How to Gather and Safeguard Information During Divorce

A mother sits at her desk with her child in her lap while she works on her laptop.

Having a plan to gather and safeguard information during and after your divorce can prove to be important.Making the decision to get a divorce can feel scary for many reasons. Many entering the process for the first time have little knowledge of how to navigate it. Whether you're considering divorce or are already well into the process, one thing that may prove to be essential during or after your divorce is documentation. Maintaining accurate records of everything ranging from assets to communication could prove to be very important at any moment. Even if you aren't sure right now what you need or why you'd need it, consider having a plan for gathering and safeguarding your information. 

Types of Information to Gather

The documents that you compile as you enter the divorce process will vary. You'll need personal information, financial records, property documentation, and much more. Talk to your attorney about what exactly you will need to gather for your case. During and after a divorce, maintaining documentation of ongoing communication is useful because if there is a dispute over an agreement or harassment taking place, you may call upon your communication records as a way to prove what was actually said. Co-parents may find that communication records become quite useful to have on hand, as they will share the responsibility of raising their children together after divorce and may run into conflict over issues related to parenting. Communication about your parenting schedule, shared expenses, important family information, and any general discussions you have could prove to be evidence of your involvement in co-parenting. It can also demonstrate any issues that come up such as violation of orders or even lack of communication. Again, your attorney will have the best guidance for you as far as what you need to gather and maintain moving forward, but having this kind of information well documented throughout and after the divorce process will keep you prepared for what may come.

How to Safeguard Your Information

Preserving the integrity of the documentation that you have is essential. You'll want to ensure that your information cannot be tampered with or lost, as this can set you up for trouble if you're not careful. Get any hard copies of documents scanned and uploaded to a secure place. You may want to save your copies in another location other than your computer such as an external hard drive or to a cloud-based service that will store the documents for you. Communicating within applications built for co-parent communication will often automatically back up your communications and safeguards them indefinitely. For instance, the web and mobile applications offered by the OurFamilyWizard® website will protect the accuracy of every entry and maintain a complete history of actions taken that relate to each entry. If a parent creates an event on the calendar and edits it at a later time, there is a record that shows what the entry was prior to the edit plus the changes that were made. Every message and the histories of other entries posted on OurFamilyWizard are saved indefinitely and can be saved in PDF reports or printed at home at no additional cost. This makes it easy to provide a clear picture of co-parent communication and demonstrate where certain issues stem from.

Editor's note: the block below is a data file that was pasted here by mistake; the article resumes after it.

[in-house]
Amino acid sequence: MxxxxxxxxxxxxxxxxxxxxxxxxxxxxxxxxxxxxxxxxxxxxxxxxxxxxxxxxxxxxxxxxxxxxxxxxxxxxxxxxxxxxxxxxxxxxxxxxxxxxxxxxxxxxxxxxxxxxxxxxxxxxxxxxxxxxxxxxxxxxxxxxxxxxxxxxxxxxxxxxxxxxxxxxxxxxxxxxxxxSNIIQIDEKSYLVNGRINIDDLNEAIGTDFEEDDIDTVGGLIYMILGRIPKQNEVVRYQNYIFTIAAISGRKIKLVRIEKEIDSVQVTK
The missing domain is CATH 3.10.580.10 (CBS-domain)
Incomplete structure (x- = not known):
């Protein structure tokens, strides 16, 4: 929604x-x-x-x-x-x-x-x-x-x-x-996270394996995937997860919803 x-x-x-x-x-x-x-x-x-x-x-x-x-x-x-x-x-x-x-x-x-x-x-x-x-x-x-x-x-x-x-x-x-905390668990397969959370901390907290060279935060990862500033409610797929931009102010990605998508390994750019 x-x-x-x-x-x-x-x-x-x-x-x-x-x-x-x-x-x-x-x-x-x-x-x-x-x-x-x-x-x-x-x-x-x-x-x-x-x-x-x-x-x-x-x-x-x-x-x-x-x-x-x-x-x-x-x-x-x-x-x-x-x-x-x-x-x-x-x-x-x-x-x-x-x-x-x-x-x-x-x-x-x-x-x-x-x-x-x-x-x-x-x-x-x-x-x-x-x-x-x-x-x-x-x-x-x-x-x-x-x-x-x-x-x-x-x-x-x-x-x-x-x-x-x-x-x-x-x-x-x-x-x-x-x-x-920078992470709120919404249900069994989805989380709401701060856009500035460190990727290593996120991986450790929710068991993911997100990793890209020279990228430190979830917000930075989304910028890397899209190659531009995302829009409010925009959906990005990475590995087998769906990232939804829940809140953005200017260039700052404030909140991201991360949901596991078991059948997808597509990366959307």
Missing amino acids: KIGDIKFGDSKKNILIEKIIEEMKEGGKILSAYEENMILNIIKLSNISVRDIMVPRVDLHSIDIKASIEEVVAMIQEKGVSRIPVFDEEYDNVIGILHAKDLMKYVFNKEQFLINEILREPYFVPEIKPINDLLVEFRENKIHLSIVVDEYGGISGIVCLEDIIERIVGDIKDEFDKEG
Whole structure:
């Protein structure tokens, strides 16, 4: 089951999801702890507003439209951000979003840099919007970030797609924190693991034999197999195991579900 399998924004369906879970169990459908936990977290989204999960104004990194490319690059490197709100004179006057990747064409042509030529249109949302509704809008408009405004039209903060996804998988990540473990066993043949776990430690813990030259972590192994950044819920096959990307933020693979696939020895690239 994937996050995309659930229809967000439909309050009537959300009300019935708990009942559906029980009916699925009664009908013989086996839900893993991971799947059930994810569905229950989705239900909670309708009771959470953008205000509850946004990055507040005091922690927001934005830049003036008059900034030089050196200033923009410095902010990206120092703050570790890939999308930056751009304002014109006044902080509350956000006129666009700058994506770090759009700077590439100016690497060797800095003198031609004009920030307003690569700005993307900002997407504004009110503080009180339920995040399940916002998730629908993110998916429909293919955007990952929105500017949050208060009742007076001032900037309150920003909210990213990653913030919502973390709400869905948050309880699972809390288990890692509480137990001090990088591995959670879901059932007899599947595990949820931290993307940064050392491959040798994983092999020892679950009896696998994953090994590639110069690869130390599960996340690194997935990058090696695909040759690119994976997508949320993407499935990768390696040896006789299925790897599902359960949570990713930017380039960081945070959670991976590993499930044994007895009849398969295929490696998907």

The ways in which you gather and safeguard your information during and after a divorce can prove to play a big role if you ever run into issues in the future. However, the truth is that having clear, unambiguous documentation can help you to avoid taking disputes back to court. With the evidence clearly there for both you and your co-parent to see, you may have more luck in reaching agreements and settling disputes on your own or with the help of a neutral third party like a mediator. By safeguarding your information, you'll also better able to safeguard your sanity by avoiding costly disputes down the line.